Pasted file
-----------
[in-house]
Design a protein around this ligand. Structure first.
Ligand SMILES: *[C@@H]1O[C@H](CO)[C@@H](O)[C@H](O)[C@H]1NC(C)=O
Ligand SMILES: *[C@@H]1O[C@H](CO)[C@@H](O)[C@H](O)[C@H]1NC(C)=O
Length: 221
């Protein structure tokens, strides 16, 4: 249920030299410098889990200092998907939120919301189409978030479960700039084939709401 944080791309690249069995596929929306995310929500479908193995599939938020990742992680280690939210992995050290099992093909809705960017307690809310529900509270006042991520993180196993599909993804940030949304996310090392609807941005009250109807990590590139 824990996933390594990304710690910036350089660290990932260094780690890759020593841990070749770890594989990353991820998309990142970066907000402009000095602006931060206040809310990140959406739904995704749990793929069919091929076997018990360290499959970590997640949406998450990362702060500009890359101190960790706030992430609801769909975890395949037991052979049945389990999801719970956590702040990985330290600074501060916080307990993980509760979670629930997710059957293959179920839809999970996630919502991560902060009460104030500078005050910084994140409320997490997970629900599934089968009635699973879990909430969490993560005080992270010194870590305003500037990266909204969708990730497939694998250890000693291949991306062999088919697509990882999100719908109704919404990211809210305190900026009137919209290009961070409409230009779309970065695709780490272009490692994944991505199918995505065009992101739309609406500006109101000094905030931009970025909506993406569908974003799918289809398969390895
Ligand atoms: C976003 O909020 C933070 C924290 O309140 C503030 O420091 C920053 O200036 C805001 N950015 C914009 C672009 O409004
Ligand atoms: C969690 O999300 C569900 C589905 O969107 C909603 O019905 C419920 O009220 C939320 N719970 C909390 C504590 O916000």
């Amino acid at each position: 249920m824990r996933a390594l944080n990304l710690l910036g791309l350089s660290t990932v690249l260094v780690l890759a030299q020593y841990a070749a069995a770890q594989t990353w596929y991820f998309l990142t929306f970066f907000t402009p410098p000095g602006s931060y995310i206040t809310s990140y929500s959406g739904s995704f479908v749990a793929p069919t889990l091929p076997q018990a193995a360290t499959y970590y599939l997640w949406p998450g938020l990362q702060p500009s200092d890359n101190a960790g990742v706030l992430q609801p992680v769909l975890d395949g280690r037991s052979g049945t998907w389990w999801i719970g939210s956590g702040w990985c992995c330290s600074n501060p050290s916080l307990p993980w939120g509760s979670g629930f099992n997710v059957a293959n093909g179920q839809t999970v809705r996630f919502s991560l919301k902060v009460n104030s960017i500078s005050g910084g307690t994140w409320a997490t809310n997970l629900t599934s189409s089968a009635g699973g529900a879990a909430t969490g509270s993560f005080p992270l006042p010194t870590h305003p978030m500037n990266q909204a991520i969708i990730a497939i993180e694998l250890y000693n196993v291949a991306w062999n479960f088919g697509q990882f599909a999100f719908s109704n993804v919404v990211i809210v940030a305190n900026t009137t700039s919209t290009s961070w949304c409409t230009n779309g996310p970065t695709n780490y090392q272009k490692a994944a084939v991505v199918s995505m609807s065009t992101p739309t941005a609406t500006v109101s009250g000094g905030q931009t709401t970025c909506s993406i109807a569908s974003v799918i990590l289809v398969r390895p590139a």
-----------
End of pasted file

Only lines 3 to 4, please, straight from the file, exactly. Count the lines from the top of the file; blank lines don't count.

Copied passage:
Ligand SMILES: *[C@@H]1O[C@H](CO)[C@@H](O)[C@H](O)[C@H]1NC(C)=O
Ligand SMILES: *[C@@H]1O[C@H](CO)[C@@H](O)[C@H](O)[C@H]1NC(C)=O